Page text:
White’s re­turn not such a good idea

CityPress - - Sport - Simnikiwe Xabanisa

AT a time when rep­utable coaches have been ex­chang­ing know­ing looks and dis­tanc­ing them­selves from be­ing in­volved with the Spring­boks, Jake White has stead­fastly pro­nounced his in­ter­est to any­one within earshot.

The money may not be the same (it cer­tainly wouldn’t be what Mont­pel­lier are pay­ing him) and the re­sources are not quite what they used to be, but the for­mer Bok coach is adamant that he wants back in with the same SA Rugby peo­ple who did not re­new his con­tract, de­spite his World Cup win in 2007.

It is not like the post is va­cant at the mo­ment, but if re­cent de­vel­op­ments are any­thing to go by, Al­lis­ter Coetzee’s hold on the po­si­tion could be a ten­u­ous one if France are not dis­patched con­vinc­ingly in June.

Given last year’s four wins out of 12 games, it is safe to say that, even with the ad­di­tion of would-be saviours Bren­dan Venter and Franco Smith, that kind of re­sult can­not be guar­an­teed.

This is where White comes in. His de­par­ture from Mont­pel­lier will hap­pen in June, and he would kill for a place at rugby’s top table again – and the Bok job is just the kind of work he likes to take on.

Look­ing at his track record, it is hard to dis­agree that he has the req­ui­site skills for a res­cue act. He has done an am­bu­lance job ev­ery­where he has been: think Boks in 2004, the Brumbies, the Sharks and now Mont­pel­lier.

White’s strengths in those sit­u­a­tions are his abil­ity to spark con­fi­dence within the play­ers, come up with a co­her­ent plan to re­build a team, and the abil­ity to put the right team to­gether sim­ply be­cause he is a great se­lec­tor.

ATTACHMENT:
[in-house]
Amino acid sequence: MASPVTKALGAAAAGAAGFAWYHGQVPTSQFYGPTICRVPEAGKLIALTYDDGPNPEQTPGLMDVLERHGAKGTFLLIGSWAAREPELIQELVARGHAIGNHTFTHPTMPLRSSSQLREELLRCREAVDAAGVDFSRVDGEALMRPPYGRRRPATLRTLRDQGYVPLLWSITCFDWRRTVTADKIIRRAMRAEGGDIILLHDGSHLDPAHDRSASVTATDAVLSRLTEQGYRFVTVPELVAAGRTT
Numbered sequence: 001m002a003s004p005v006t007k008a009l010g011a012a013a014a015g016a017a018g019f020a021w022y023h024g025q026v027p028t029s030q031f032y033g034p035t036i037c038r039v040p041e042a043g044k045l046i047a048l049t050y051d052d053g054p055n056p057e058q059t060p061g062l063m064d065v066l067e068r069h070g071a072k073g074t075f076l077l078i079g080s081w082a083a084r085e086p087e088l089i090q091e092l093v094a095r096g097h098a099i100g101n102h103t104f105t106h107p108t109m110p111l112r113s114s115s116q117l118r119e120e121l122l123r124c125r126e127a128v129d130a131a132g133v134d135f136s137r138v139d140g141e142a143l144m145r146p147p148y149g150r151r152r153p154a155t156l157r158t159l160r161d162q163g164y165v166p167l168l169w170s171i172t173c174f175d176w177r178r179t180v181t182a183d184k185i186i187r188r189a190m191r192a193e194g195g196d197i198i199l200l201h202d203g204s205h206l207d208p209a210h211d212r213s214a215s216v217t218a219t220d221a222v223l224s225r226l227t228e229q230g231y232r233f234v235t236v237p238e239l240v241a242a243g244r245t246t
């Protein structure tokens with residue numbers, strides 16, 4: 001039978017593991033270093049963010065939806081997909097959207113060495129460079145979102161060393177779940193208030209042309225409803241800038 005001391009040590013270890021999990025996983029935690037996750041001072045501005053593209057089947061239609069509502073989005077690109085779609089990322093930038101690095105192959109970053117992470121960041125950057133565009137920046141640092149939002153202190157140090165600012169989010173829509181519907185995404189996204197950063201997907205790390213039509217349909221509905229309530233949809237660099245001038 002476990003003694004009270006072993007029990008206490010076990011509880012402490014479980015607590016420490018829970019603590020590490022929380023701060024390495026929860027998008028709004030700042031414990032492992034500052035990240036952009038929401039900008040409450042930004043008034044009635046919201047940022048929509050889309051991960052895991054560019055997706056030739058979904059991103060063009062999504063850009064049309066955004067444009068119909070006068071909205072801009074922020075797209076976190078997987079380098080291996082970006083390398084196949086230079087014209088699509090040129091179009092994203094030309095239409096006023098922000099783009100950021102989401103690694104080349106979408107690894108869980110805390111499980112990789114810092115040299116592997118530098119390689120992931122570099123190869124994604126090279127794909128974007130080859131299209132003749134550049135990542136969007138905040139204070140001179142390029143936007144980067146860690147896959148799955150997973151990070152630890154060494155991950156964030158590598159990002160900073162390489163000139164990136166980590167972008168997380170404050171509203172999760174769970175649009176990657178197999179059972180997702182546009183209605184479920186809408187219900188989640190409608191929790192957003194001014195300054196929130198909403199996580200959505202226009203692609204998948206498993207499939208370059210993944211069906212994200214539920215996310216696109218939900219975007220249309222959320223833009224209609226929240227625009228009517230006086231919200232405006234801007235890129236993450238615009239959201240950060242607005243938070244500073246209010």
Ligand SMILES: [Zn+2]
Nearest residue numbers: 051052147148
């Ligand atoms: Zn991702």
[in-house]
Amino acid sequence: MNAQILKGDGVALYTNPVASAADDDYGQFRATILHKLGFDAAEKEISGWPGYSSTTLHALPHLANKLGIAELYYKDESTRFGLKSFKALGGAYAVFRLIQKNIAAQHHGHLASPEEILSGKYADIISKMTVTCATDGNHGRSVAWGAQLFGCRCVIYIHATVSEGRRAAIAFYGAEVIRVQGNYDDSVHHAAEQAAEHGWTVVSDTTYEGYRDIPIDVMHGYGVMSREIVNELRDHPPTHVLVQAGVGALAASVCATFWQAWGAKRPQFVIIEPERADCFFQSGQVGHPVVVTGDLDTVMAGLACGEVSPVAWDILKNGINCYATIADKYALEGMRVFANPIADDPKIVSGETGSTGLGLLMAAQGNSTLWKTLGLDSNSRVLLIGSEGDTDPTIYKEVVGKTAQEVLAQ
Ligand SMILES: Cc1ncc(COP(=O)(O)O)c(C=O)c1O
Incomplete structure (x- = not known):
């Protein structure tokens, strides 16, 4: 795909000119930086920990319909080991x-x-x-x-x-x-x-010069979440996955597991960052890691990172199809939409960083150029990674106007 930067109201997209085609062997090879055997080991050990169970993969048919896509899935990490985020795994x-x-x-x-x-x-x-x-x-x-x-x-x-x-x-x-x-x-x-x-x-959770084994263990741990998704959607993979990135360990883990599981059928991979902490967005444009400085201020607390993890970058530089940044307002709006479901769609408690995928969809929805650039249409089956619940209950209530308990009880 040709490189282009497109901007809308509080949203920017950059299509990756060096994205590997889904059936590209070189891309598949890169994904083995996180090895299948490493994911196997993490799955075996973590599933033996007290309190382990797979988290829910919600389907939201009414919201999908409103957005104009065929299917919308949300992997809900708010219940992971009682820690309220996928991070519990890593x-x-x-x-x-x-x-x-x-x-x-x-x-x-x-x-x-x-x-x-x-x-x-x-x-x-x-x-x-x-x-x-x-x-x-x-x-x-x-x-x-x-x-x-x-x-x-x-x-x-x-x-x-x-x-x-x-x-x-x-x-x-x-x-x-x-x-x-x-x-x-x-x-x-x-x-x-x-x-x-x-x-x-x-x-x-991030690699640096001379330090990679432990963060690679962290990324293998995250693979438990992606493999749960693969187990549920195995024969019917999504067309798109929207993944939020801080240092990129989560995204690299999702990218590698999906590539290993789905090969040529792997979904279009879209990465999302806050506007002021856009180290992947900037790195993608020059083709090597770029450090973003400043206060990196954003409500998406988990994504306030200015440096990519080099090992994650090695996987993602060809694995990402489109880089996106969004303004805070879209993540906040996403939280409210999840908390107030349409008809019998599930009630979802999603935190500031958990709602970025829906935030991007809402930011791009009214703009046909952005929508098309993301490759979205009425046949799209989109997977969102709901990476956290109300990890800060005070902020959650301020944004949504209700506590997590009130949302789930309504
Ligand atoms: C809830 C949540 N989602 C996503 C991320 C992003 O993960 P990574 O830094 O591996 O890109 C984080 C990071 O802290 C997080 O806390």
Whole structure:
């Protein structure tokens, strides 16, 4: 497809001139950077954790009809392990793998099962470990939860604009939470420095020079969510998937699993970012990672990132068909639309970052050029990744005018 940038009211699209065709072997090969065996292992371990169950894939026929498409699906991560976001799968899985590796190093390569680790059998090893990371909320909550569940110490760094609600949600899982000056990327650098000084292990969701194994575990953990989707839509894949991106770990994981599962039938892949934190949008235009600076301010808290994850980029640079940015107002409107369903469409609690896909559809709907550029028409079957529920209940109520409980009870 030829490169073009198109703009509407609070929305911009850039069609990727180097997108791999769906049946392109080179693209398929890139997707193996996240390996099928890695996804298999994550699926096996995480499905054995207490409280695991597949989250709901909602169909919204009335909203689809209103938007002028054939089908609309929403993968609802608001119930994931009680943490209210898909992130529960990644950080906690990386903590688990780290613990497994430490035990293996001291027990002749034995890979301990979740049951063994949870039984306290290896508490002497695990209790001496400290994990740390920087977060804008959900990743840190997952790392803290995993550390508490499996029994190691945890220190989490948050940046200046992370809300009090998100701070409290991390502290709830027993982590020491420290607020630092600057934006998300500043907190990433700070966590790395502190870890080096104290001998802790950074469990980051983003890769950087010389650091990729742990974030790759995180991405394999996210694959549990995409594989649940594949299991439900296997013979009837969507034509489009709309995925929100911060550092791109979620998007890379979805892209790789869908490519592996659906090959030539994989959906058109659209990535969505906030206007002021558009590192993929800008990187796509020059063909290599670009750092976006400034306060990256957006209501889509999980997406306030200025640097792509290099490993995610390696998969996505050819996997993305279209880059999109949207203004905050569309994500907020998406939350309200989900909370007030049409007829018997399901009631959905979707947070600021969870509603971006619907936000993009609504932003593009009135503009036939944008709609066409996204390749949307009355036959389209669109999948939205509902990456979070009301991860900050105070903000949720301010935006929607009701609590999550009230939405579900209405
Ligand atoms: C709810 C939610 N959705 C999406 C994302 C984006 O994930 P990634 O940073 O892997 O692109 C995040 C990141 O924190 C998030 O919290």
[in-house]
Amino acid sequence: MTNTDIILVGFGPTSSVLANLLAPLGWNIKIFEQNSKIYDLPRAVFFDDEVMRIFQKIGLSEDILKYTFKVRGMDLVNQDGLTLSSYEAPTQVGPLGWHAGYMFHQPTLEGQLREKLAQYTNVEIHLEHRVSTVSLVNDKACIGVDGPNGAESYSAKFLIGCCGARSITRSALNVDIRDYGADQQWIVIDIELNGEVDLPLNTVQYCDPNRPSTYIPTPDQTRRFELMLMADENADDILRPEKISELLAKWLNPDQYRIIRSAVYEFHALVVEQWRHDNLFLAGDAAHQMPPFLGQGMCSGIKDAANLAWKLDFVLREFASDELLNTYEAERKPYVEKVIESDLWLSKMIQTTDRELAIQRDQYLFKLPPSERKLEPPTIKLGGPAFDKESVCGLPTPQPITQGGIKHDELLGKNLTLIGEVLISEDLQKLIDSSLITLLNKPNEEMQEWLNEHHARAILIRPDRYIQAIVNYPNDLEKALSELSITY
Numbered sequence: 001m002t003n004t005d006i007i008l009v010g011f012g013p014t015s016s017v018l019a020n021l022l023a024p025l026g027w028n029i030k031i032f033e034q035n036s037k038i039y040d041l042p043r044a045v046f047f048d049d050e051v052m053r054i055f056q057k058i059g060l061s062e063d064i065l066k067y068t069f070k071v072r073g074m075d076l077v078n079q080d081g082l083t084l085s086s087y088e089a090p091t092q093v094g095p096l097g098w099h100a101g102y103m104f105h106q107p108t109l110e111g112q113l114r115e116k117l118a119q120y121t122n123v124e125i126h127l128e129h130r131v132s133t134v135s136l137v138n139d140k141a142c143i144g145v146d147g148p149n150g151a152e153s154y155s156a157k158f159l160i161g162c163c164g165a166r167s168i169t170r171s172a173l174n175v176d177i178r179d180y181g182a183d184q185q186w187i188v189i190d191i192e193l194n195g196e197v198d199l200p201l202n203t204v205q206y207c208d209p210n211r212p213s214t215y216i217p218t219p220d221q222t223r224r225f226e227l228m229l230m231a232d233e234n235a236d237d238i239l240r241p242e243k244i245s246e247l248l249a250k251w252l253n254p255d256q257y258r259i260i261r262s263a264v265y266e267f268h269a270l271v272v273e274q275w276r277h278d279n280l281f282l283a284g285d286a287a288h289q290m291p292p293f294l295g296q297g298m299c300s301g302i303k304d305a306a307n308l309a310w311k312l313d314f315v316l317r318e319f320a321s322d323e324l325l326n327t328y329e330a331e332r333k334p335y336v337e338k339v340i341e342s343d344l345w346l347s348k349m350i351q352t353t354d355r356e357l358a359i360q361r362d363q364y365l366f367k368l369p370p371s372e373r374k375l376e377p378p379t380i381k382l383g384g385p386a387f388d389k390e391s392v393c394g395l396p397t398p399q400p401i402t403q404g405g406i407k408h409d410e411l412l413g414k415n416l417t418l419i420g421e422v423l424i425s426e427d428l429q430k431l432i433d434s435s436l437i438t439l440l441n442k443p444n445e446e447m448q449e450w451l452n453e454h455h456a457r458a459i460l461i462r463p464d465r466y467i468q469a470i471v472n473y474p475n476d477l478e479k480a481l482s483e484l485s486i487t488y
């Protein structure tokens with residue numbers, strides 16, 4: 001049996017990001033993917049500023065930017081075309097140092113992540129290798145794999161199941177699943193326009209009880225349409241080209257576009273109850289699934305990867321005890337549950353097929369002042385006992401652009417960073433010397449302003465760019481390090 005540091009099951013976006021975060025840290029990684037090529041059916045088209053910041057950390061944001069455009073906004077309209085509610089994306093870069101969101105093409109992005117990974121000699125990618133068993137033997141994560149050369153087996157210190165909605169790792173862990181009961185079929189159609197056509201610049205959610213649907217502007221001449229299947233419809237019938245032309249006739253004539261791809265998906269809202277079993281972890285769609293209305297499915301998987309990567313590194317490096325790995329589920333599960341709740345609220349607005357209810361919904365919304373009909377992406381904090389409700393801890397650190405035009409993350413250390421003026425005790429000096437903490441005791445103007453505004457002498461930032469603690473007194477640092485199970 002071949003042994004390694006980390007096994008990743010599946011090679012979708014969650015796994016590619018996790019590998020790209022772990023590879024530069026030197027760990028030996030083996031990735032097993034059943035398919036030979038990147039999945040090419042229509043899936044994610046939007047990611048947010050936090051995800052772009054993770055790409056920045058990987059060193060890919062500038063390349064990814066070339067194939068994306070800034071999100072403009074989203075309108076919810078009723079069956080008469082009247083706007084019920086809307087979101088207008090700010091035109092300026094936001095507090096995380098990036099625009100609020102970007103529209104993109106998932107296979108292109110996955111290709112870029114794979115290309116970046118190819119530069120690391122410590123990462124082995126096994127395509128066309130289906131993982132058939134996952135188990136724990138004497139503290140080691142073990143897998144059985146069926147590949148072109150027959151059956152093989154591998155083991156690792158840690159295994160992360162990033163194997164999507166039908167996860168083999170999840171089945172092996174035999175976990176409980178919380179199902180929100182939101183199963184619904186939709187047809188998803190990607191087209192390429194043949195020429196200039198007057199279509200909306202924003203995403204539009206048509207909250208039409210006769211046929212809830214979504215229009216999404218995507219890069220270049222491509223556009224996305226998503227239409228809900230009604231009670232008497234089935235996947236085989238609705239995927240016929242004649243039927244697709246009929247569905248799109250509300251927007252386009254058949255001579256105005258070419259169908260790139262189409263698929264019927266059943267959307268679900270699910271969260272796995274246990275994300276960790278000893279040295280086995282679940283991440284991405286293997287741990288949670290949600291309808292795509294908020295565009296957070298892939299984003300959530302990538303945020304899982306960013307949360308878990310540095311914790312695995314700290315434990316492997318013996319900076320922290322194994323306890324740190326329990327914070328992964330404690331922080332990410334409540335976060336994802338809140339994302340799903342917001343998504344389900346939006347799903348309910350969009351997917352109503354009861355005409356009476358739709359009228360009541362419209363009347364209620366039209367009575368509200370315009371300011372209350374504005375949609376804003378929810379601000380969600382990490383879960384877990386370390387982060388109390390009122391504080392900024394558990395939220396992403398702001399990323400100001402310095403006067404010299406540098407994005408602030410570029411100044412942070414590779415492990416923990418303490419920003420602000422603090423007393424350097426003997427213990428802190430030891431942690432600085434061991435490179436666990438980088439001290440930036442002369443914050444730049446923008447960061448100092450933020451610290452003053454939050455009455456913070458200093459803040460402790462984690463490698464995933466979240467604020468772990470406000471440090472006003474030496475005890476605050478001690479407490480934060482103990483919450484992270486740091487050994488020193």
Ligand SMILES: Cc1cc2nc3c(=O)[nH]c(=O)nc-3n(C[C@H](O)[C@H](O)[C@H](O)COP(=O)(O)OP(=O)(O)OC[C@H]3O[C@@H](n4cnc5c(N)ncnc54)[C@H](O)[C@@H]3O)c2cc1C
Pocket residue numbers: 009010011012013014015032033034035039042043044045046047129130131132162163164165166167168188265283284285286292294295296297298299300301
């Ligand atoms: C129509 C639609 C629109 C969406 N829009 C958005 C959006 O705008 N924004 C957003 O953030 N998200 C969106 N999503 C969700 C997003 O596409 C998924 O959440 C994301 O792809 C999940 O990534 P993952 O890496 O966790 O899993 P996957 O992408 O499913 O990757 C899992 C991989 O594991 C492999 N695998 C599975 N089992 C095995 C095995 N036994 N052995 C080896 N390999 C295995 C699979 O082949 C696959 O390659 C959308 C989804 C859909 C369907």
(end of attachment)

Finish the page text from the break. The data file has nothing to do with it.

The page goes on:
But like all res­cue acts, sub­stance tri­umphed style to the point where the rugby ap­peared joy­less – not only for the pub­lic but the for play­ers as well – which is re­port­edly why Mont­pel­lier will be re­plac­ing White with Scotland coach Vern Cot­ter.

This has to be the first rea­son it would not be such a great idea for White to re­turn to the Bok fold. As mud­dled as SA Rugby’s think­ing can ap­pear, it is right in want­ing its main brand to play the kind of rugby that will bring not only wins, but sup­port­ers and spon­sors back.

The sec­ond rea­son is White’s track record for “mak­ing friends and in­flu­enc­ing peo­ple”. It takes a lot to have no­body in­ter­ested in re­new­ing your con­tract af­ter win­ning a World Cup.

And the prob­lem is that this is some­thing that has per­sisted over the years – his de­par­tures from the Brumbies and the Sharks were hardly am­i­ca­ble. White seems to thrive in en­vi­ron­ments where there is con­stantly more than just a lit­tle con­flict. Un­for­tu­nately, with South Africa ex­pe­ri­enc­ing a player and coach drain, what the coun­try needs is a col­lab­o­ra­tive en­vi­ron­ment, as op­posed to a frac­tious one.

Even the one po­si­tion he could be per­fect for – di­rec­tor of rugby, where his in­ter­na­tional con­tacts and abil­ity to strate­gise a turn­around would be key – would be dif­fi­cult for him as his im­pos­ing per­son­al­ity would prob­a­bly lead to his in­ter­fer­ing with the day-to-day run­ning of the Bok team.

What SA Rugby would miss in not rop­ing White in, how­ever, is his soft­ened stance to trans­for­ma­tion. When he re­turned to coach the Sharks in 2013, the likes of S’bura Sit­hole and Tera Mtembu were given real op­por­tu­ni­ties to flour­ish.

Given that the SA Su­per Rugby teams all res­o­lutely stuck to their “right” to pick 30% black match-day squads last week­end, this would be a big miss.

One can see where White is com­ing from in want­ing to coach the Boks again – their cur­rent sit­u­a­tion is noth­ing short of the af­ter­math of Kamp Staal­draad in 2004. But there comes a time in life when go­ing back to lost loves is not the an­swer.

Be­sides, SA Rugby can only af­ford so many sideshows.

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